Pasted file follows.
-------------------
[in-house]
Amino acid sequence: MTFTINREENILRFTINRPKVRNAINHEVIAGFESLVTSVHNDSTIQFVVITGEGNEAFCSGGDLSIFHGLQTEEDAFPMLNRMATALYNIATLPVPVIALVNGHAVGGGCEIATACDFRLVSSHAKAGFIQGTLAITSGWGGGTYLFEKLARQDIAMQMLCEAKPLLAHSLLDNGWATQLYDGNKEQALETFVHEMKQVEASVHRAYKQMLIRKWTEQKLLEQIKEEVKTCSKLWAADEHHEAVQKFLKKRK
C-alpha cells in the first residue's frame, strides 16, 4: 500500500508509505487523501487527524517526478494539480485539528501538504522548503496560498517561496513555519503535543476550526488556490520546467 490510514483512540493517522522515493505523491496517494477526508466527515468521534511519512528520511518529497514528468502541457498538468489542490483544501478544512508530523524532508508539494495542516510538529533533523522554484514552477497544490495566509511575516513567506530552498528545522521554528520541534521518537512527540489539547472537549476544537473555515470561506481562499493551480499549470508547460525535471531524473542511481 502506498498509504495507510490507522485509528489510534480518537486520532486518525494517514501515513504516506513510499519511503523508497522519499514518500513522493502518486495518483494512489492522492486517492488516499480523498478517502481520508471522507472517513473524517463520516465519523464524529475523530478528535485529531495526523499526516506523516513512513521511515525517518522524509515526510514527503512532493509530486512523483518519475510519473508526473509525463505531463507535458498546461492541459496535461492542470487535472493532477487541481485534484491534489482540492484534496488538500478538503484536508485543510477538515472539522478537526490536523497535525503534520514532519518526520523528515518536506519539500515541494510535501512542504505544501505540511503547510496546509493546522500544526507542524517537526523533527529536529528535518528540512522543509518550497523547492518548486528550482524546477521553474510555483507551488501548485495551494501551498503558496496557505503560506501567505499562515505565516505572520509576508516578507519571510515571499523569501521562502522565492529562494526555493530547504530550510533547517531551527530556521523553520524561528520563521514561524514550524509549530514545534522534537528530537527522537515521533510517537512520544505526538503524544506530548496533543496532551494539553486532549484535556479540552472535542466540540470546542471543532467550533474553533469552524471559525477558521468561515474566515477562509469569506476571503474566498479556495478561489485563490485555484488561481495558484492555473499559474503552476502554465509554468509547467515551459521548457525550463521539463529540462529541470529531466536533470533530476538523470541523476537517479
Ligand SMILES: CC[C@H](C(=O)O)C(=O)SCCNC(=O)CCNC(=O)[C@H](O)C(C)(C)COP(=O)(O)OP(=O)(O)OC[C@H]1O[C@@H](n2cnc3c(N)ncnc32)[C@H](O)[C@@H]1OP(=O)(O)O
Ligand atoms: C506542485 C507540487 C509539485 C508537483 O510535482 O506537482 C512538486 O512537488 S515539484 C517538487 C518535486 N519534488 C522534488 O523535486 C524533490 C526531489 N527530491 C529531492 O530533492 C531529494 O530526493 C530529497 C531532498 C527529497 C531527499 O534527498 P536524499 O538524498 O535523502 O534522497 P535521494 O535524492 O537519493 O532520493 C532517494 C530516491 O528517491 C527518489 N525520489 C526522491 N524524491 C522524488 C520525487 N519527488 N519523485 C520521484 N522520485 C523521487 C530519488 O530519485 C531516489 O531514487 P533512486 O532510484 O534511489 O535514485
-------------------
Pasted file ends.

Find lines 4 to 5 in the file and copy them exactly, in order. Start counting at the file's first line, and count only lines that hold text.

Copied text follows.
Ligand SMILES: CC[C@H](C(=O)O)C(=O)SCCNC(=O)CCNC(=O)[C@H](O)C(C)(C)COP(=O)(O)OP(=O)(O)OC[C@H]1O[C@@H](n2cnc3c(N)ncnc32)[C@H](O)[C@@H]1OP(=O)(O)O
Ligand atoms: C506542485 C507540487 C509539485 C508537483 O510535482 O506537482 C512538486 O512537488 S515539484 C517538487 C518535486 N519534488 C522534488 O523535486 C524533490 C526531489 N527530491 C529531492 O530533492 C531529494 O530526493 C530529497 C531532498 C527529497 C531527499 O534527498 P536524499 O538524498 O535523502 O534522497 P535521494 O535524492 O537519493 O532520493 C532517494 C530516491 O528517491 C527518489 N525520489 C526522491 N524524491 C522524488 C520525487 N519527488 N519523485 C520521484 N522520485 C523521487 C530519488 O530519485 C531516489 O531514487 P533512486 O532510484 O534511489 O535514485